No matter how you contribute, all Christmas Bird Count observations are used to study the health of winter bird populations over time and guide conservation strategies to help birds and their habitats.

“Every Christmas Bird Count participant is an important part of this valuable project for birds,” says Liz Purves, Bird Studies Canada’s Christmas Bird Count Coordinator.

“Whether you participate for bird conservation, for some friendly birding competition, or for an excuse to get outside in the winter, your efforts are meaningful for birds.”

The skills and dedication of thousands of volunteer Citizen Scientists harnessed during the Christmas Bird Count achieve incredible results that professional scientists and wildlife biologists could never accomplish alone.

During last year’s count in Canada, over 3 million birds of 278 species were counted by 14,000 participants in 447 counts across the country. Counts were conducted across diverse habitat types in each of Canada’s provinces and territories – from coast to coast to coast!

The Christmas Bird Count took root over a century ago when 27 birders in 25 localities from Toronto, Ontario to Pacific Grove, California, led by ornithologist Frank Chapman, proposed a conservation-oriented alternative to the traditional ‘side hunt,’ a Christmas Day competition to hunt the most birds and small mammals.

This alternative initiative to identify, count, and record all the birds founded on Christmas Day 1900 has turned into one of North America’s longest-running wildlife monitoring programs.

For more information about the Christmas Bird Count, or to find the location of additional counts, visit Bird Studies Canada’s website at www.birdscanada.org/volunteer/cbc.

With files from Black Press

Get local stories you won't find anywhere else right to your inbox.
Sign up here

Just Posted

New leader at Habitat Southeast B.C.

Elaine Pura is taking over the role of executive director, effective Oct. 1

Two new COVID-19 cases announced in Interior Health region

The total number of cases in the region is at 533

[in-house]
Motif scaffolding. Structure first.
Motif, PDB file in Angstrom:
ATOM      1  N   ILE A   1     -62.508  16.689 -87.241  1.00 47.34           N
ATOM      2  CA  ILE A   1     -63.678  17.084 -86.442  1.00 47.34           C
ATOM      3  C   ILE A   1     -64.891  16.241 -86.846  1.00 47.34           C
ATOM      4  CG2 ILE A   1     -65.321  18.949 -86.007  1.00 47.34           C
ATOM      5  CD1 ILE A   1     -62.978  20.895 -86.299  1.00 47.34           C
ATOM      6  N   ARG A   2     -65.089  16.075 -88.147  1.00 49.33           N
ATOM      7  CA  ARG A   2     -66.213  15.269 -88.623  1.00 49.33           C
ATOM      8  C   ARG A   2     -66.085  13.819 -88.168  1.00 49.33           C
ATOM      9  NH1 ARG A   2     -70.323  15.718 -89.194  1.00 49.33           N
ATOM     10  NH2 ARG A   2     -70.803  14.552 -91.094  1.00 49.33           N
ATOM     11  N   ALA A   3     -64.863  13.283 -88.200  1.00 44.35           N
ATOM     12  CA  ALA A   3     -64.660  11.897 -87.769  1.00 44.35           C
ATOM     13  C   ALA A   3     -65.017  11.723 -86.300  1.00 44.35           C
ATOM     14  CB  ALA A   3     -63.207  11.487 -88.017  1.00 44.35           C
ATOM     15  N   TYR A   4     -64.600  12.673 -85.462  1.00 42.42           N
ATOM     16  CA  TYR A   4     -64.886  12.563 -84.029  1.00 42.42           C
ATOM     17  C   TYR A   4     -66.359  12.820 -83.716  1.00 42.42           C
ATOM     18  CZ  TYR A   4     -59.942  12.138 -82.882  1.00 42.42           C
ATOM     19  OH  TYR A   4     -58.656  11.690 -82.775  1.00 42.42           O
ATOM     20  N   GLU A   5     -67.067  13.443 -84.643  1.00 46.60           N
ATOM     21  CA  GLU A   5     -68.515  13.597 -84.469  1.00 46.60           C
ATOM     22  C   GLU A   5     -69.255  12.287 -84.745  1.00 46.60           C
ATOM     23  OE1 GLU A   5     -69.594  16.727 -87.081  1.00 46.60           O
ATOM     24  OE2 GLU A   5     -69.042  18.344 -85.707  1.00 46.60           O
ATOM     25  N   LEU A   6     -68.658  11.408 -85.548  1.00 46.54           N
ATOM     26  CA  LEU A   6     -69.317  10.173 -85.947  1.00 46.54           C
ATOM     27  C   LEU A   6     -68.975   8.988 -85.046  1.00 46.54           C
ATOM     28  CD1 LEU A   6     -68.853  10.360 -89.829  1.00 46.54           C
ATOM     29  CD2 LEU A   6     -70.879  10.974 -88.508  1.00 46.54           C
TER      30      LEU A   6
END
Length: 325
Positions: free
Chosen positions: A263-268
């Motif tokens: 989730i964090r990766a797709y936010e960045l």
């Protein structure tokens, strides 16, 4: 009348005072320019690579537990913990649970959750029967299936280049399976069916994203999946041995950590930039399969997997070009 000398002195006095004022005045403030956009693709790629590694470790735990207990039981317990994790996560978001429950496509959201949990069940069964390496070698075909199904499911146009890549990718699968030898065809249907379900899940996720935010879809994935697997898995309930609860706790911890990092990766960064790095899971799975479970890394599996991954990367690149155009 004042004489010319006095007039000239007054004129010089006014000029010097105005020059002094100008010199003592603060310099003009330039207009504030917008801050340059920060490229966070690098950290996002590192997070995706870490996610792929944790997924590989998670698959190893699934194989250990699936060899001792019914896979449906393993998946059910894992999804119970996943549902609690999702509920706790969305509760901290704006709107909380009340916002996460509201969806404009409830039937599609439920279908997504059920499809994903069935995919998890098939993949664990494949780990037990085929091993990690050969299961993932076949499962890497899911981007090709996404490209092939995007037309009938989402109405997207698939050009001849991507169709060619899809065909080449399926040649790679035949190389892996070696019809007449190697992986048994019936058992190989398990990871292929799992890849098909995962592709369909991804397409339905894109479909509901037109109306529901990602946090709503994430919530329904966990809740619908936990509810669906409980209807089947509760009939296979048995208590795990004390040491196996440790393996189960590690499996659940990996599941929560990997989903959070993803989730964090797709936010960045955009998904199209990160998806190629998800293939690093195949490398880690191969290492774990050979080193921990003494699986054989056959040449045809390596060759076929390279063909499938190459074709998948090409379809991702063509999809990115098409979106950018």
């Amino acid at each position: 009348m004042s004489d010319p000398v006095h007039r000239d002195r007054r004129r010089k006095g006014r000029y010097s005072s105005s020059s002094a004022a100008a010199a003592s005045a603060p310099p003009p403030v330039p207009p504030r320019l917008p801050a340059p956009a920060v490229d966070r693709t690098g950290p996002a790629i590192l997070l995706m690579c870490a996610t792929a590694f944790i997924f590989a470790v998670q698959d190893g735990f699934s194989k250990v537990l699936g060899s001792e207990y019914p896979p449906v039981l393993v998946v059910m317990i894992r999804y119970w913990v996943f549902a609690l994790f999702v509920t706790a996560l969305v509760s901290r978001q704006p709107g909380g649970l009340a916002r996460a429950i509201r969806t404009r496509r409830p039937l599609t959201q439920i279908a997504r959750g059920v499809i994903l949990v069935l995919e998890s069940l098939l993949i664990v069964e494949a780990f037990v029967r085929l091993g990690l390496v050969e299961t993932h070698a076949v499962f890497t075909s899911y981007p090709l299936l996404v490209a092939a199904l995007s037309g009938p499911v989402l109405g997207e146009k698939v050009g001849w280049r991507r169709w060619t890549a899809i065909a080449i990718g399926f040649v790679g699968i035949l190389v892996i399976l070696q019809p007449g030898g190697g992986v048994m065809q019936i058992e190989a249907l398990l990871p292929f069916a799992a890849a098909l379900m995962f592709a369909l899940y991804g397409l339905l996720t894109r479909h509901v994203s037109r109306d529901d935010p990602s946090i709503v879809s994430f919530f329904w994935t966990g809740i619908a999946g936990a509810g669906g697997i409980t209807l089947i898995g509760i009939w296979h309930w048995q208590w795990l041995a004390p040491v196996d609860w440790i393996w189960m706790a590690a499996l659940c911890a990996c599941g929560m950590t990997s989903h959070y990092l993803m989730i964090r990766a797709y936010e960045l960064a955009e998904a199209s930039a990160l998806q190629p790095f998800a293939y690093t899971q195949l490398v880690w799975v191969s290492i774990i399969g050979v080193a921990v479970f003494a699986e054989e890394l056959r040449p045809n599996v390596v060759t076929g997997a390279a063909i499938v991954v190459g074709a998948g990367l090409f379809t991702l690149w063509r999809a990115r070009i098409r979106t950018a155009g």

Selkirk College international students get helping hands from Korean moms

We Care K-Moms have been shopping and delivering food to new arrivals

Trail native, Jake Lucchini, signs with Canadiens

Former Smoke Eater captain, Jake Lucchini, signs one-year, two-way deal with Montreal Canadiens

Traffic change in Trail on Wednesday

Workers are performing a required inspection of the Victoria Street Bridge lighting

B.C. counts 125 new COVID-19 cases, up to 1,284 active

No new deaths or health care facility outbreaks

Health Canada green-lights rapid COVID-19 test

Health Canada approved the BCube test from Hyris Ltd. in the United Kingdom Sept. 23

Is it time to start thinking about greener ways to package cannabis?

Packaging suppliers are still figuring eco-friendly and affordable packaging options that fit the mandates of Cannabis Regulations

Join Black Press Media and Do Some Good

Pay it Forward program supports local businesses in their community giving

FINLAYSON: COVID-related job losses concentrated in urban areas… especially Metro Vancouver

The biggest job losses, in absolute terms, have been in Metro Vancouver

6 puppies rescued in mass seizure on Princeton farm die from illness: BC SPCA

Of the 97 distressed horses, cats and dogs seized, most of the puppies suffered from parvo

Action demanded over death of First Nations youth in Abbotsford group home

Family and Indigenous organizations push for thorough investigation

U.S. boater fined $1,000 for violation of Quarantine Act

49-year-old man entered Canada to visit girlfriend in Surrey

More sex abuse charges laid against B.C. man who went by ‘Doctor Ray Gaglardi’

Investigators now focussing efforts on alleged victims within the Glad Tidings Church community

Most Read